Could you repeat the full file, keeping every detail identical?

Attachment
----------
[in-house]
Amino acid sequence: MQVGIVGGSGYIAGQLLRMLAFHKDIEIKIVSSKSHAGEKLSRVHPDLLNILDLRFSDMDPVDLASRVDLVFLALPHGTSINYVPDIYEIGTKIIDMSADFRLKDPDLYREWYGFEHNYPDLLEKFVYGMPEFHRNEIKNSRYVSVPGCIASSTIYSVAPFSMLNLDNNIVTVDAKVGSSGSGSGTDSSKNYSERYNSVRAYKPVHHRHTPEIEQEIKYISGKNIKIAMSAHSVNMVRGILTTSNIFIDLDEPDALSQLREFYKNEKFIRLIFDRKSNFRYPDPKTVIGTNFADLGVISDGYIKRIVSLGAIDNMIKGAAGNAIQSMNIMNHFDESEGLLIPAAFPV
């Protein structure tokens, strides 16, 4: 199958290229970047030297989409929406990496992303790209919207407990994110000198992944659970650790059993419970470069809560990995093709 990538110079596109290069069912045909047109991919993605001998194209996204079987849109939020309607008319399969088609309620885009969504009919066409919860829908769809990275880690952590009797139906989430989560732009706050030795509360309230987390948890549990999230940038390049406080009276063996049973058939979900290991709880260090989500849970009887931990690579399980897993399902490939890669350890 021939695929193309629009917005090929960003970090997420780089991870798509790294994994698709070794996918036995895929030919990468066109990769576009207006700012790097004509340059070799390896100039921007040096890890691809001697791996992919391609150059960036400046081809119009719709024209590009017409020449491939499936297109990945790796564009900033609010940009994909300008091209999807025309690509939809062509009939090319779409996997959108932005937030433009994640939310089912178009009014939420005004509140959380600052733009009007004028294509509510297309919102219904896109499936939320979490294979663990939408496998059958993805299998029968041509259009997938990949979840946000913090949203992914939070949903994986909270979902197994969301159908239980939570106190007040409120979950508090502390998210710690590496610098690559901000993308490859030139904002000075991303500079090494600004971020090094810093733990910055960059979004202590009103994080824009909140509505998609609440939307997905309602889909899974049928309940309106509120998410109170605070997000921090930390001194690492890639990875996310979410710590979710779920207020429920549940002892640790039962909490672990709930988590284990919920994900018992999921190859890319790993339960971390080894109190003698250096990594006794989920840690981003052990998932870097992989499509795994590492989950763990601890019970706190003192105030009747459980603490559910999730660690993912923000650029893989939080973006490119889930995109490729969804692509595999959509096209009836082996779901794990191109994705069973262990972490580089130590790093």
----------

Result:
[in-house]
Amino acid sequence: MQVGIVGGSGYIAGQLLRMLAFHKDIEIKIVSSKSHAGEKLSRVHPDLLNILDLRFSDMDPVDLASRVDLVFLALPHGTSINYVPDIYEIGTKIIDMSADFRLKDPDLYREWYGFEHNYPDLLEKFVYGMPEFHRNEIKNSRYVSVPGCIASSTIYSVAPFSMLNLDNNIVTVDAKVGSSGSGSGTDSSKNYSERYNSVRAYKPVHHRHTPEIEQEIKYISGKNIKIAMSAHSVNMVRGILTTSNIFIDLDEPDALSQLREFYKNEKFIRLIFDRKSNFRYPDPKTVIGTNFADLGVISDGYIKRIVSLGAIDNMIKGAAGNAIQSMNIMNHFDESEGLLIPAAFPV
């Protein structure tokens, strides 16, 4: 199958290229970047030297989409929406990496992303790209919207407990994110000198992944659970650790059993419970470069809560990995093709 990538110079596109290069069912045909047109991919993605001998194209996204079987849109939020309607008319399969088609309620885009969504009919066409919860829908769809990275880690952590009797139906989430989560732009706050030795509360309230987390948890549990999230940038390049406080009276063996049973058939979900290991709880260090989500849970009887931990690579399980897993399902490939890669350890 021939695929193309629009917005090929960003970090997420780089991870798509790294994994698709070794996918036995895929030919990468066109990769576009207006700012790097004509340059070799390896100039921007040096890890691809001697791996992919391609150059960036400046081809119009719709024209590009017409020449491939499936297109990945790796564009900033609010940009994909300008091209999807025309690509939809062509009939090319779409996997959108932005937030433009994640939310089912178009009014939420005004509140959380600052733009009007004028294509509510297309919102219904896109499936939320979490294979663990939408496998059958993805299998029968041509259009997938990949979840946000913090949203992914939070949903994986909270979902197994969301159908239980939570106190007040409120979950508090502390998210710690590496610098690559901000993308490859030139904002000075991303500079090494600004971020090094810093733990910055960059979004202590009103994080824009909140509505998609609440939307997905309602889909899974049928309940309106509120998410109170605070997000921090930390001194690492890639990875996310979410710590979710779920207020429920549940002892640790039962909490672990709930988590284990919920994900018992999921190859890319790993339960971390080894109190003698250096990594006794989920840690981003052990998932870097992989499509795994590492989950763990601890019970706190003192105030009747459980603490559910999730660690993912923000650029893989939080973006490119889930995109490729969804692509595999959509096209009836082996779901794990191109994705069973262990972490580089130590790093």